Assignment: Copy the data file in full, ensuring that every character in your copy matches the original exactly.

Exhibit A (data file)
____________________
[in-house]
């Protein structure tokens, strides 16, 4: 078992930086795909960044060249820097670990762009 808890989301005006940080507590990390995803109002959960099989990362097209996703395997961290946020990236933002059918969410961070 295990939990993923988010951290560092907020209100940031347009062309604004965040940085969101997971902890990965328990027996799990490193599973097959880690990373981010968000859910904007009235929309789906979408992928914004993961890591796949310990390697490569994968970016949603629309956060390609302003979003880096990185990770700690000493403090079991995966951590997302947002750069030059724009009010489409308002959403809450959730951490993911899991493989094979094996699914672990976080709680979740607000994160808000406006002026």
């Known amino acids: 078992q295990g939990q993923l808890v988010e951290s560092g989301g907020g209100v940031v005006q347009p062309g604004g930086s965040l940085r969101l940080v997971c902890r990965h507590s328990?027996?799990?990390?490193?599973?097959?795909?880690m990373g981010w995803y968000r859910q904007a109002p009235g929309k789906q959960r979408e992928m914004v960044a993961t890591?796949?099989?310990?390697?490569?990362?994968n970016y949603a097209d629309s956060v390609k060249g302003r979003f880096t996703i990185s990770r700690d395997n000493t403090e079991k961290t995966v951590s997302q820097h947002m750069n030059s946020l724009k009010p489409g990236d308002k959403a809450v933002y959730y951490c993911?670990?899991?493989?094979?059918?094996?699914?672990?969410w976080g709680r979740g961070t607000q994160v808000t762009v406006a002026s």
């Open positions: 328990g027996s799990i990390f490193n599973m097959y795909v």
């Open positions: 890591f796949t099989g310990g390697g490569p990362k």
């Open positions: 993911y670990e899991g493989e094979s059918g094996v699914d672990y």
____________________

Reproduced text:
[in-house]
């Protein structure tokens, strides 16, 4: 078992930086795909960044060249820097670990762009 808890989301005006940080507590990390995803109002959960099989990362097209996703395997961290946020990236933002059918969410961070 295990939990993923988010951290560092907020209100940031347009062309604004965040940085969101997971902890990965328990027996799990490193599973097959880690990373981010968000859910904007009235929309789906979408992928914004993961890591796949310990390697490569994968970016949603629309956060390609302003979003880096990185990770700690000493403090079991995966951590997302947002750069030059724009009010489409308002959403809450959730951490993911899991493989094979094996699914672990976080709680979740607000994160808000406006002026």
């Known amino acids: 078992q295990g939990q993923l808890v988010e951290s560092g989301g907020g209100v940031v005006q347009p062309g604004g930086s965040l940085r969101l940080v997971c902890r990965h507590s328990?027996?799990?990390?490193?599973?097959?795909?880690m990373g981010w995803y968000r859910q904007a109002p009235g929309k789906q959960r979408e992928m914004v960044a993961t890591?796949?099989?310990?390697?490569?990362?994968n970016y949603a097209d629309s956060v390609k060249g302003r979003f880096t996703i990185s990770r700690d395997n000493t403090e079991k961290t995966v951590s997302q820097h947002m750069n030059s946020l724009k009010p489409g990236d308002k959403a809450v933002y959730y951490c993911?670990?899991?493989?094979?059918?094996?699914?672990?969410w976080g709680r979740g961070t607000q994160v808000t762009v406006a002026s």
């Open positions: 328990g027996s799990i990390f490193n599973m097959y795909v």
């Open positions: 890591f796949t099989g310990g390697g490569p990362k």
């Open positions: 993911y670990e899991g493989e094979s059918g094996v699914d672990y």